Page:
10. ^ "Vascular Plants". Australian Plant Name Index (APNI), Integrated Botanical Information System (IBIS) database (listing by % wildcard matching of all taxa relevant to Australia). Centre for Plant Biodiversity Research, Australian Government. Retrieved 18 June 2013. |contribution= ignored (help)
  11. ^ Wilson, Peter G. (July 2001). "Melastoma affine D.Don – New South Wales Flora Online". PlantNET - The Plant Information Network System. 2.0. Sydney, Australia: The Royal Botanic Gardens and Domain Trust. Retrieved 18 June 2013.
  12. ^ Hyland, B. P. M.; Whiffin, T.; Zich, F. A.; et al. (Dec 2010). "Factsheet – Melastoma malabathricum subsp. malabathricum". Australian Tropical Rainforest Plants (6.1, online version RFK 6.1 ed.). Cairns, Australia: Commonwealth Scientific and Industrial Research Organisation (CSIRO), through its Division of Plant Industry; the Centre for Australian National Biodiversity Research; the Australian Tropical Herbarium, James Cook University. Retrieved 18 June 2013.
  13. ^ Bostock, P.D.; Holland, A.E., eds. (2010). Census of the Queensland Flora 2010. Brisbane: Queensland Herbarium, Department of Environment and Resource Management. p. 101. Retrieved 18 June 2013.
  14. ^ Hosking, J. R.; Conn, B. J.; Lepschi, B. J.; Barker, C. H. (2011). "Plant species first recognised as naturalised or naturalising for New South Wales in 2004 and 2005" (PDF). Cunninghamia. 12 (1): 85–114. Archived from the original (PDF) on 26 April 2014. Retrieved 18 June 2013.
  15. ^ Samy, Joseph (2005). Herbs of Malaysia: An Introduction to the Medicinal, Culinary, Aromatic and Cosmetic Use of Herbs. Times Editions. pp. 144–145. ISBN 978-9833001798.

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Melastoma malabathricum: Brief Summary

provided by wikipedia EN

Melastoma malabathricum, known also as Malabar melastome, Indian rhododendron, Singapore rhododendron, planter's rhododendron and senduduk, is a flowering plant in the family Melastomataceae. This plant is native to Indomalaya, Japan and Australia, and is usually found between 100 and 2,800 m on grasslands and sparse forests. It has been used as a medicinal plant in certain parts of the world, but has been declared a noxious weed in the United States. M. malabathricum is a known hyperaccumulator of aluminium, and as such can be used for phytoremediation.

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Melastoma septemnervium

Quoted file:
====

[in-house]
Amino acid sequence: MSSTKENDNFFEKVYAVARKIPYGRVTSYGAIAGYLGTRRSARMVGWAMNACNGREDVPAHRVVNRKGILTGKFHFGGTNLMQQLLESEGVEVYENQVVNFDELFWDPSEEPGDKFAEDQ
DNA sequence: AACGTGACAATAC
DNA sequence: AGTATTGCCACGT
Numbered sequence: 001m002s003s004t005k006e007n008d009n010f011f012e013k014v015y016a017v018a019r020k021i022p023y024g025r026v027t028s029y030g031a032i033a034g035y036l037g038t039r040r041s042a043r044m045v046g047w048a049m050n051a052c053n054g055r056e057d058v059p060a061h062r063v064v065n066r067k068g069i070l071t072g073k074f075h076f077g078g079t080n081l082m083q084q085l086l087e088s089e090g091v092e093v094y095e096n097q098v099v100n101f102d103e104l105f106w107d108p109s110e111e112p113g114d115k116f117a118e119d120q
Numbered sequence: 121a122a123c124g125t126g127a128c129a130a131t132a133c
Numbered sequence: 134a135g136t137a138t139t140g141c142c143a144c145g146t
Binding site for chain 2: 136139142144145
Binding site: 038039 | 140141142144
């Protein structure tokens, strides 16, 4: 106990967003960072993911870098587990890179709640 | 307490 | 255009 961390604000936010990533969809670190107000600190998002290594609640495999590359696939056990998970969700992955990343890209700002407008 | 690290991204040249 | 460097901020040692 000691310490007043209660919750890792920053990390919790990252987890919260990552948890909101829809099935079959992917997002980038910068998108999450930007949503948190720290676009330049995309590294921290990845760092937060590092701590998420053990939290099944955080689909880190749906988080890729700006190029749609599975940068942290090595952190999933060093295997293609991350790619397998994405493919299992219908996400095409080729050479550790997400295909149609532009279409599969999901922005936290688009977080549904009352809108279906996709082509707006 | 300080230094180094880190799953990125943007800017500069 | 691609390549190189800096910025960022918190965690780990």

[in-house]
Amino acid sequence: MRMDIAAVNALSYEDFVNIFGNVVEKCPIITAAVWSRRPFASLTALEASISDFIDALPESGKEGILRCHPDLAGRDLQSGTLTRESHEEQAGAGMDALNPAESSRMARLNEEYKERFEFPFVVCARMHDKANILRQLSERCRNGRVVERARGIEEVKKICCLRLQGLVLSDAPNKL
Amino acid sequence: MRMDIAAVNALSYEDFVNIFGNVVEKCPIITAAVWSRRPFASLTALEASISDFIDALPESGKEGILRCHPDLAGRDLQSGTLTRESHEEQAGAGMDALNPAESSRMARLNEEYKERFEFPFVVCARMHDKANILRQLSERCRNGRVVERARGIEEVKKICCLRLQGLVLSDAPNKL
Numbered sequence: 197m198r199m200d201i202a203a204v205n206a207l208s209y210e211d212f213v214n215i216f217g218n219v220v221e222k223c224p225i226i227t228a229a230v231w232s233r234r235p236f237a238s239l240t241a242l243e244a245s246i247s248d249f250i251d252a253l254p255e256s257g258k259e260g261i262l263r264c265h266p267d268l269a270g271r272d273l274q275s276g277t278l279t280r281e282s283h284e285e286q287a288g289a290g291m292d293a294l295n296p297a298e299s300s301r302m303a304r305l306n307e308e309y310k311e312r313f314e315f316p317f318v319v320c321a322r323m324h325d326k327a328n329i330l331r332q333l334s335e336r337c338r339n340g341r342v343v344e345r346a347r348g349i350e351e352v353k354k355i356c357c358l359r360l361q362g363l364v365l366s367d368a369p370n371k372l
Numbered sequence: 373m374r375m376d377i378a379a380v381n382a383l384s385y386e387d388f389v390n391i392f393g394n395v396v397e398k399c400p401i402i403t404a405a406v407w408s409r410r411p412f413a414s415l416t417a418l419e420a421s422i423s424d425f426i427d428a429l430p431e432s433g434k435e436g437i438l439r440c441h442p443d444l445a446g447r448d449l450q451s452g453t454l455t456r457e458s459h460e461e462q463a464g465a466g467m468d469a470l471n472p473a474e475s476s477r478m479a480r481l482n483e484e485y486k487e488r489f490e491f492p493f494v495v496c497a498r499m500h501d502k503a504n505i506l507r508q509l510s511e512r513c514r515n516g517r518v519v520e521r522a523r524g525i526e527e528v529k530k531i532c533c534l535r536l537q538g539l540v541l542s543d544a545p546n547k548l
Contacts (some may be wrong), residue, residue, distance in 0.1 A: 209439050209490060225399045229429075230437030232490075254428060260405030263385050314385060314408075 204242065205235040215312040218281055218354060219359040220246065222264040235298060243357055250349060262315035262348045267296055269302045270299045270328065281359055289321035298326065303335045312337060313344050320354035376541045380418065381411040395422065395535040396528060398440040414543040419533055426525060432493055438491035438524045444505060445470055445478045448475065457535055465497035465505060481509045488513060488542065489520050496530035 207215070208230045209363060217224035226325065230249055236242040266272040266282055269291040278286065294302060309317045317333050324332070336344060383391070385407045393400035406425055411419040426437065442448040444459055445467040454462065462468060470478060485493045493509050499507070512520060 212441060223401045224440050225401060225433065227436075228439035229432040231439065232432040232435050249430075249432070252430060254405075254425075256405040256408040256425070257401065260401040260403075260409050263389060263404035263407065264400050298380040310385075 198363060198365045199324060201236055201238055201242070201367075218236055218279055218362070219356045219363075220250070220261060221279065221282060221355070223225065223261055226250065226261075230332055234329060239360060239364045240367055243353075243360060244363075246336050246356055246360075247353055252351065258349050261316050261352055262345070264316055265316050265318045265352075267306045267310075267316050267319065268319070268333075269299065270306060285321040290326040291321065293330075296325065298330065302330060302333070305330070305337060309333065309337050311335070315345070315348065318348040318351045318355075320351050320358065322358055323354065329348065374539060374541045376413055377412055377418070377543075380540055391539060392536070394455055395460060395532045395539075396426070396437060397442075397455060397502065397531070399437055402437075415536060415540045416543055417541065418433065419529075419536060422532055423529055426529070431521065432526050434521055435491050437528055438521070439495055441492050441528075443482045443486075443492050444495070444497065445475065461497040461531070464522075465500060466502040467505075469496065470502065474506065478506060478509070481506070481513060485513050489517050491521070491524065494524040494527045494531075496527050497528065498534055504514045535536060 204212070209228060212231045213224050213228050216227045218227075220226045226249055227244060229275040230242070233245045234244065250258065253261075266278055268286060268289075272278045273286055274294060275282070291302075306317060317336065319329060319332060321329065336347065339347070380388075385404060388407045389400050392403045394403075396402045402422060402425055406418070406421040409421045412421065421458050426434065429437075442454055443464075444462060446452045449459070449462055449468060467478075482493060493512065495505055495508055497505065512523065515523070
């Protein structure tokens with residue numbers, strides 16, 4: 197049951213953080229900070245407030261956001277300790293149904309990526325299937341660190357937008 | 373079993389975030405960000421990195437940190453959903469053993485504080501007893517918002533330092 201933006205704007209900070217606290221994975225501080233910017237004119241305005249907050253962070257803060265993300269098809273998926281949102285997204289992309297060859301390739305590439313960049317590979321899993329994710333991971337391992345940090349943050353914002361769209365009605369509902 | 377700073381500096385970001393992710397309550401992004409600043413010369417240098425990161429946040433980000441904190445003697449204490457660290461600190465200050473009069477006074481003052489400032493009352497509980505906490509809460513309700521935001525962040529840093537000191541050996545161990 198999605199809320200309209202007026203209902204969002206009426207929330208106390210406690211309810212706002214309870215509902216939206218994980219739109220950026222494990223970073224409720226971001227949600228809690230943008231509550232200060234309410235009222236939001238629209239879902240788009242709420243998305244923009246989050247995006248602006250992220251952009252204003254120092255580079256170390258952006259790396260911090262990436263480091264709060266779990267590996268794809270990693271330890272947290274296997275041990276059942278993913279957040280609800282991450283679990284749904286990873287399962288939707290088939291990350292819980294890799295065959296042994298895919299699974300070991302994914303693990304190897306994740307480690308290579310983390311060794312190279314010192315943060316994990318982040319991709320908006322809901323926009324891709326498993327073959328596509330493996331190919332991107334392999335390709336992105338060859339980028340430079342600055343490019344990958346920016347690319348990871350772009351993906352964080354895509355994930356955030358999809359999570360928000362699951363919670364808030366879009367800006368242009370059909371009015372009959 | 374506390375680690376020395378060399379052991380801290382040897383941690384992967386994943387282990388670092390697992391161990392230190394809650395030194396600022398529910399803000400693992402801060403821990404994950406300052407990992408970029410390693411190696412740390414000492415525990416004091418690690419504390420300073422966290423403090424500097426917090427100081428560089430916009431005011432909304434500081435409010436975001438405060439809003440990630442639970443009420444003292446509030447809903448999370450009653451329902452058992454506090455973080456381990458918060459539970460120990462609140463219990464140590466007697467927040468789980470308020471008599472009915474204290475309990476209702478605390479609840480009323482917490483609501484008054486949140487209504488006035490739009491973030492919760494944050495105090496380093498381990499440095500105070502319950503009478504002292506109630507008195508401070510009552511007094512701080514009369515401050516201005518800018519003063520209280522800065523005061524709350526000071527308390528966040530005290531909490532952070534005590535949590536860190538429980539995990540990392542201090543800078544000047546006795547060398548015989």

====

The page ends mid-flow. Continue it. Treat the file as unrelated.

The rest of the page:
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Melastoma septemnervium are erect shrubs or small slender trees with 5 petal, medium-sized, pink flowers that have made them attractive for cultivation. The leaves have the 5 distinctive longitudinal veins (nerves) typical of plants in the family Melastomataceae.

Description

Melastoma septemnervium are erect shrubs or small trees up to 5 m tall.[2] Leaves are elliptical with short stiff hairs or scales on the upper surface and finer dense hairs on the lower surface but with a mixture of scales on the nerves.

Distribution

Native to Vietnam, southern China, the Philippines, Taiwan, Ryukyu Islands, and southern Japan.[2] Cultivated and naturalized in Hawaii but also reported to be abundant and invasive on Kauai and Hawaii Island from sea level up to 900 m elevation.[2]

Melastoma septemnervium grows in light forests, clearings, and grass lands, or on rocky slopes, but prefers mesic to wet areas and bog margin habitats in Hawaii.[2][3]

Taxonomy

Hawaiian populations of M. septemnervium were historically assigned to Melastoma malabathricum non L. but later were identified as M. candidum D. Don by Wagner et al. 1999 due to a number of consistently different traits, including a higher chromosome number (2n = 56 versus Melastoma malabathricum 2n = 24).[2]

M. septemnervium was first described by Loureiro in 1790 (Flora Cochinchinensis 1: 273–274).[4] M. septemnervium is the accepted name by some sources with M. candidum as a junior synonym,[1] but both names are used widely.

References

  1. ^ a b ITIS - Integrated Taxonomic Information System Report Page Melastoma septemnervium Lour.
  2. ^ a b c d e Wagner, Warren L.; Herbst, Derral R.; Sohmer, S.H. (1999). Manual of the Flowering Plants of Hawai`i. Bernice P. Bishop Museum special publication. University of Hawaii Press. pp. 910–911. ISBN 0-8248-2166-1.
  3. ^ GISD - Global Invasive Species Database. Melastoma candidum
  4. ^ Tropicos - Missouri Botanical Garden. Name Search> *Melastoma septemnervium Lour.
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Melastoma septemnervium: Brief Summary

provided by wikipedia EN

Melastoma septemnervium are erect shrubs or small slender trees with 5 petal, medium-sized, pink flowers that have made them attractive for cultivation. The leaves have the 5 distinctive longitudinal veins (nerves) typical of plants in the family Melastomataceae.